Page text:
Black Sunday (1960)

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BLACK SUNDAY  begins in Moldavia in 1630, so right of the crypt you know you’re in deep curse-do, especially after a witch about to be burned at the stake issues one.  As if to make sure his descendants pay, the Inquisitor (her brother: some family) has already had her branded with an S (Satan) and then has a metal mask, with three-inch spikes on the inside, hammered into her face. (Of course, she’s hot as well as haughty, otherwise what’s the point of all the extra torture?) Diabolical all round, and the one-size-fits-all-regardless headgear gave the Italian-made 1960 classic its original title The Mask Of Satan. Banned in Britain for its nastiness, in the States it was suitably trimmed of its ick, and the revised title stuck (like the mask); the curse lived on.

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So did the brazenly unleashed career of wildly imaginative (see:disturbed) director Mario Bava (he also did the sterling cinematography), who earned his first solo directorial credit with this, which drew censor ire, reaped critical consideration and most importantly, made money (those bloodthirsty kids can deal with the moral implications later). The pervasive atmosphere, artful sets, exemplary lighting, grotesque imagery are inspired. Today, critics unanimously rave, not just about the films nonstop visual style (Bava a master) and in your face (or hers) creepiness, but about its and Bava’s significant and lasting influence on the fright genre. *

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It also launched a busy run of terror features and framed cult status for the dark, mysterious and sexy Barbara Steele, a decidedly offbeat and forthright 23-year old starlet, who got this after leaving what would have been a high-profile job in Hollywood. All movie witches and/or lady vampires should be this comely, and after this, most were:  those who appreciate the cultural significance of mixing of low cut blouses with fangs owe Steele and Bava a toast.**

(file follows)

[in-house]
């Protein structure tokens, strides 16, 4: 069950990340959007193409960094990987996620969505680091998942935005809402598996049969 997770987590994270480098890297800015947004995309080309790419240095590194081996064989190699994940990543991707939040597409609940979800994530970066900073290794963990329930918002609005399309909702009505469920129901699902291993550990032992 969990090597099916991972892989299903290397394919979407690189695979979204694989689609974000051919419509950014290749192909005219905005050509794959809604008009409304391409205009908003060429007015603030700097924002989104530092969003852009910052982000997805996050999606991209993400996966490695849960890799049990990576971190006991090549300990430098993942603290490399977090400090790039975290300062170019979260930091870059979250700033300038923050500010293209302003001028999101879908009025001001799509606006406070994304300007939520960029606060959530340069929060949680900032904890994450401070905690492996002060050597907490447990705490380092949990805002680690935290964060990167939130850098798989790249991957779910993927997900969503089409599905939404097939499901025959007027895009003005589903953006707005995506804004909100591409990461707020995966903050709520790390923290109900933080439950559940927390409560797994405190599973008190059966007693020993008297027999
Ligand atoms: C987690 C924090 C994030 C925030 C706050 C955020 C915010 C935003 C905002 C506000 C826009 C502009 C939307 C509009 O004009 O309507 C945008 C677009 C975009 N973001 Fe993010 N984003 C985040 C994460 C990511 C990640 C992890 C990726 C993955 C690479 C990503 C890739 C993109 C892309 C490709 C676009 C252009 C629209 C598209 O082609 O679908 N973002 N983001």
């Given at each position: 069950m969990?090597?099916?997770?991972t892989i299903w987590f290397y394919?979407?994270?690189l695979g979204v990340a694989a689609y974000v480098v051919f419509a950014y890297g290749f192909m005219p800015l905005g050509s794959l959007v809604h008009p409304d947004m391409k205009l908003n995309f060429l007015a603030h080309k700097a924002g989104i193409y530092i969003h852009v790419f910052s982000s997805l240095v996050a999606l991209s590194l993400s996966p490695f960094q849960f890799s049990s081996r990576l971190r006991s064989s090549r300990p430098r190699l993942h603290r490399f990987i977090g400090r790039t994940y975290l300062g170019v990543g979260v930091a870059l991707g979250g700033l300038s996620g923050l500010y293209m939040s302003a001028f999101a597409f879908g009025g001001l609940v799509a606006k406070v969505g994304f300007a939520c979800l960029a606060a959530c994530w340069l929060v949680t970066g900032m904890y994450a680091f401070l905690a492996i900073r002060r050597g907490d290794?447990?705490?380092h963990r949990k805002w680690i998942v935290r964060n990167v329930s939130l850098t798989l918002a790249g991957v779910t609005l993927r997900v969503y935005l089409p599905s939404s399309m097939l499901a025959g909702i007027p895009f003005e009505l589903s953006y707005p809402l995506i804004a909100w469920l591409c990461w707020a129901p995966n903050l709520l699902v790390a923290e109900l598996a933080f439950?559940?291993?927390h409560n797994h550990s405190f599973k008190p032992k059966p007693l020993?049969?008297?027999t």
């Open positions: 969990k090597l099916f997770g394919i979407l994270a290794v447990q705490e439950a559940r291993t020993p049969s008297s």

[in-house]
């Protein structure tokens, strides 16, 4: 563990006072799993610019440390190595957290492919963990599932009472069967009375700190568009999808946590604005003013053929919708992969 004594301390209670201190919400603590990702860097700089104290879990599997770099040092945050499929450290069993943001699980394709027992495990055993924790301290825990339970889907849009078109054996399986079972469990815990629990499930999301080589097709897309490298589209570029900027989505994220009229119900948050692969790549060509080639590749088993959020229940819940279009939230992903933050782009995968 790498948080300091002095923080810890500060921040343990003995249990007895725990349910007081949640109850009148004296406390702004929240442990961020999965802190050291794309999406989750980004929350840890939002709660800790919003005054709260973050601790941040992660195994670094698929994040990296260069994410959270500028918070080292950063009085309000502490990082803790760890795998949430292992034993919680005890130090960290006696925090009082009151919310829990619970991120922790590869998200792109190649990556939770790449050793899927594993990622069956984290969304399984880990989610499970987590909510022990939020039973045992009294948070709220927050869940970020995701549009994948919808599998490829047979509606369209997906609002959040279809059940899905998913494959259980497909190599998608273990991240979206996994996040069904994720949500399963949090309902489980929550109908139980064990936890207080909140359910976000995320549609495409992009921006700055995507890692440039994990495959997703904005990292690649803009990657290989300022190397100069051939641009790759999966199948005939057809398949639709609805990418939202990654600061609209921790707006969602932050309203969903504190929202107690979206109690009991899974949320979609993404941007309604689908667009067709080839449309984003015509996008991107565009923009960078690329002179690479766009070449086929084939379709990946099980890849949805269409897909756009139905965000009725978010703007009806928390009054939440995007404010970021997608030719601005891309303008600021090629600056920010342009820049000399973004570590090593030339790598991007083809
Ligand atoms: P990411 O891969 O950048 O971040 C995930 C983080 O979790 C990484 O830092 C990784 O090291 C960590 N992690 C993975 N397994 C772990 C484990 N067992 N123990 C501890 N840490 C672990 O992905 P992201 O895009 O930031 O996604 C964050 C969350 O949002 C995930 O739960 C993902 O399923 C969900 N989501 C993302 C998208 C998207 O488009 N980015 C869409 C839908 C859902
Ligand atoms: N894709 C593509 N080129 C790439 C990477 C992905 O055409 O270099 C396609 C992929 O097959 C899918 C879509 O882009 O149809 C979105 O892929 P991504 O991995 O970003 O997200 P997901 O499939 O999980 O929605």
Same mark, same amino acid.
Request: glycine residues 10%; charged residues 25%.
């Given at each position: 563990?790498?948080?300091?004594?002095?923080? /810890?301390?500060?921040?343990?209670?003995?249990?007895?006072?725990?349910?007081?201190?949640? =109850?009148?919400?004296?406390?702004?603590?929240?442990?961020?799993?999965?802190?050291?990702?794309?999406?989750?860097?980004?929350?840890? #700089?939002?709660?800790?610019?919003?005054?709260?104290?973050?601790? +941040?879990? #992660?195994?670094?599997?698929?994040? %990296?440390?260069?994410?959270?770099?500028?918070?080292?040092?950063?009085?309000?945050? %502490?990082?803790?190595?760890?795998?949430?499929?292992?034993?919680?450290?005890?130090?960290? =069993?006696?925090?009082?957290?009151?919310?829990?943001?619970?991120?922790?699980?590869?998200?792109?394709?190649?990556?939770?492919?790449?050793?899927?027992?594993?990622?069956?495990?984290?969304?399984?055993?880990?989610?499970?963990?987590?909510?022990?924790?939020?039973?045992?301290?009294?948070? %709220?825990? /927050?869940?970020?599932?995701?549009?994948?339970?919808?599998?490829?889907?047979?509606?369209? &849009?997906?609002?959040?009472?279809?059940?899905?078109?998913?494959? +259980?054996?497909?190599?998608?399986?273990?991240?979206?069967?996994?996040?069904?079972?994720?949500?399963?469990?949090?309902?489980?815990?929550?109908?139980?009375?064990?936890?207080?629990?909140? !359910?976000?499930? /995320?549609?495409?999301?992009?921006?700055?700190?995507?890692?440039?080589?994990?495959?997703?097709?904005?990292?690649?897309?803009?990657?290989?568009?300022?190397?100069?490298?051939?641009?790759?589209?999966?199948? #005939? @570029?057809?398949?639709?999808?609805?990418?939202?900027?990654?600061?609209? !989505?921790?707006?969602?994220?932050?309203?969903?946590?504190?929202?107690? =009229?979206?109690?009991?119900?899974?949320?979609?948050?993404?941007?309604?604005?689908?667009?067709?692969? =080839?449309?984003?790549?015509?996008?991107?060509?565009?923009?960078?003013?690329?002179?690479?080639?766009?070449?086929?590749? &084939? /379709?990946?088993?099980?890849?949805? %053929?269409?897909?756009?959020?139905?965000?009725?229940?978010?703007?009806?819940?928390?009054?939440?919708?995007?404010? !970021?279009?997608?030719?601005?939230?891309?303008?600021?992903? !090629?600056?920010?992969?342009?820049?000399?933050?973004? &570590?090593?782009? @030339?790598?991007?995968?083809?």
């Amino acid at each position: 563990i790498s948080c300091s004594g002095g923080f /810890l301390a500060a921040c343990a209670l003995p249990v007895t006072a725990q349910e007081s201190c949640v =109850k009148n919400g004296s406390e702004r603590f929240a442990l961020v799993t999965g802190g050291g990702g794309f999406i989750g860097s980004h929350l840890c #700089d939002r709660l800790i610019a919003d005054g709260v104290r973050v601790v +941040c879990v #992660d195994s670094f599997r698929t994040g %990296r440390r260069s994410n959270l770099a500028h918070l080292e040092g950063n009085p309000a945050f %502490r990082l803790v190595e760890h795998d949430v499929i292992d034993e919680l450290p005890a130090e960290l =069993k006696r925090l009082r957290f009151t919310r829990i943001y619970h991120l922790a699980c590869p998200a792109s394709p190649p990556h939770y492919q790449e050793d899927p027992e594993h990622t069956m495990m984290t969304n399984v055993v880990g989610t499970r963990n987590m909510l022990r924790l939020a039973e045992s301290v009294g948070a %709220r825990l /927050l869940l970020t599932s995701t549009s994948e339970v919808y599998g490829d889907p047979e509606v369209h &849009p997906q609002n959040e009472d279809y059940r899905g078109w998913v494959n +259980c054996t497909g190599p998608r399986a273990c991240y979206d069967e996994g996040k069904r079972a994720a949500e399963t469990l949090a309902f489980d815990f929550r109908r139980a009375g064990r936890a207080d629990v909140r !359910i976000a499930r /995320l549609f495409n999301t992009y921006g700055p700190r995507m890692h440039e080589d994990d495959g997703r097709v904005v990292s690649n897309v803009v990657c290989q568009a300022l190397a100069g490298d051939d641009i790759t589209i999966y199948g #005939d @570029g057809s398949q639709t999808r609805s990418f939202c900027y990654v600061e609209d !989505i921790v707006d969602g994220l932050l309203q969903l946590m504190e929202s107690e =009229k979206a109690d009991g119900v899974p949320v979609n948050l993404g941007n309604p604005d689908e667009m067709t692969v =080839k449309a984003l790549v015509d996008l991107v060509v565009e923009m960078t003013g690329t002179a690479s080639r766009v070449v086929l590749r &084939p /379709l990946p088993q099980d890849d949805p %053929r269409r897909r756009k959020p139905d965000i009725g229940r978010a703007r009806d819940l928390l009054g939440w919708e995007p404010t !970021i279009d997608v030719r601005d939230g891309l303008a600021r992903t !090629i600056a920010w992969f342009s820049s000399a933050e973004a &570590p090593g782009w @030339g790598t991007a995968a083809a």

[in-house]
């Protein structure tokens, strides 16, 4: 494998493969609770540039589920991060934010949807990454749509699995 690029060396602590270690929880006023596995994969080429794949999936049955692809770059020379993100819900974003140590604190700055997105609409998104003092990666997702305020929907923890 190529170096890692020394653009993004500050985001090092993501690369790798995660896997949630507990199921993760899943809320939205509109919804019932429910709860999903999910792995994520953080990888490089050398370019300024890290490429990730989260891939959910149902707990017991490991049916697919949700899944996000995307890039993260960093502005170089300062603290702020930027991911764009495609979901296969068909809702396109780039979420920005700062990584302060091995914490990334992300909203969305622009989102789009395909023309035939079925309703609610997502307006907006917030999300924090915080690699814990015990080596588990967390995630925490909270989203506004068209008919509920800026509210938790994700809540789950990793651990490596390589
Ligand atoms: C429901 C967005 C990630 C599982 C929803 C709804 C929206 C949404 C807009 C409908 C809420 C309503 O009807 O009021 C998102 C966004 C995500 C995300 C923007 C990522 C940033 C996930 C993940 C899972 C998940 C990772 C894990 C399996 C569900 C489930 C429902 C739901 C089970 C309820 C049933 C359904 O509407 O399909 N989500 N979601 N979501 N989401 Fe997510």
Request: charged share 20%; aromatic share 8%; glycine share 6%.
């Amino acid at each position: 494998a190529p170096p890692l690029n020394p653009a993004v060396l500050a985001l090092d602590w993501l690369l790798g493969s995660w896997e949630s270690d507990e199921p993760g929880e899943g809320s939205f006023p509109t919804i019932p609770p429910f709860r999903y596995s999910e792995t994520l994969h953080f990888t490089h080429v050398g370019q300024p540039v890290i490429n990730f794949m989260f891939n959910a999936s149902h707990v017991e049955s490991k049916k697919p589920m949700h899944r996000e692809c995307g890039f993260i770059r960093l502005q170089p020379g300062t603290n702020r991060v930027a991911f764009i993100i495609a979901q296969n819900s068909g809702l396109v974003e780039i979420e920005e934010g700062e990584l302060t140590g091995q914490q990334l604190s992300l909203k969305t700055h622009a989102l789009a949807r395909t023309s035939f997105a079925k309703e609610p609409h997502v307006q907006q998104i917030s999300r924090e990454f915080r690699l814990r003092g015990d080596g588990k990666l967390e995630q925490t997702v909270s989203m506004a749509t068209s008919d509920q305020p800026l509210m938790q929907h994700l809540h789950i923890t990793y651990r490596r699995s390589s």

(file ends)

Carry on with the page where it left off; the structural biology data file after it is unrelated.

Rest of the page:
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Bava co-wrote the script, which took “Viy” an 1835 Gogol story, and ran with it.  Steele recalled she and cast members were in the dark as to what as really being constructed: “We were given the pages day to day. We had hardly any idea what was going down on that film. We had no idea of the end, or the beginning, either, not at all.”

87 minutes, with John Richardson, Andrea Checchi, Ivo Garrani, Arturo Dominici and Enrico Olivieri.  Scorpions in eye sockets, anyone?

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* Working in Italian films since 1943, Bava had provided cinematography and special effects for the likes of Steve Reeves’ Hercules and Hercules Unchained and directed most of—-without getting credit—cult items such as The Giant Of Marathon and Caltiki, The Immortal Monster.   Bava: “In a horror film, lighting is 70% of the effectiveness. It’s essential in creation the atmosphere.”  Fright flick aficionados and many notable critics cite Mario Bava for his influence on the giallo sub-genre, in turn incubating the ‘slasher film’, and their progressively sicker spawn.  Our violence-worshiping, misogyny-warped world could do without 98% of those, but Bava’s classicist artistic style and unadulterated technical skill put him in a class (padded cell?) by himself.  They never showed this film on TV, and I would not have been able to see it—edited or not—as a child, but I was always aware of its naughty rep, thanks to magazines like “Famous Monsters Of Filmland”. Finally getting around to it a half-century later, the eternal kid that lives inside the jaded adult cops that Black Sunday is pretty cool. As for Ms. Steele–well, duh….

** Depending on the version, Steele either quit or was fired from the feminine lead in the 1960 Elvis Presley western, Flaming Star: she was replaced by Barbara Eden. Director Don Siegel claimed he fired her, she insisted she left on her own accord. The Texas frontier’s loss was a win for monster-prowled Europe.

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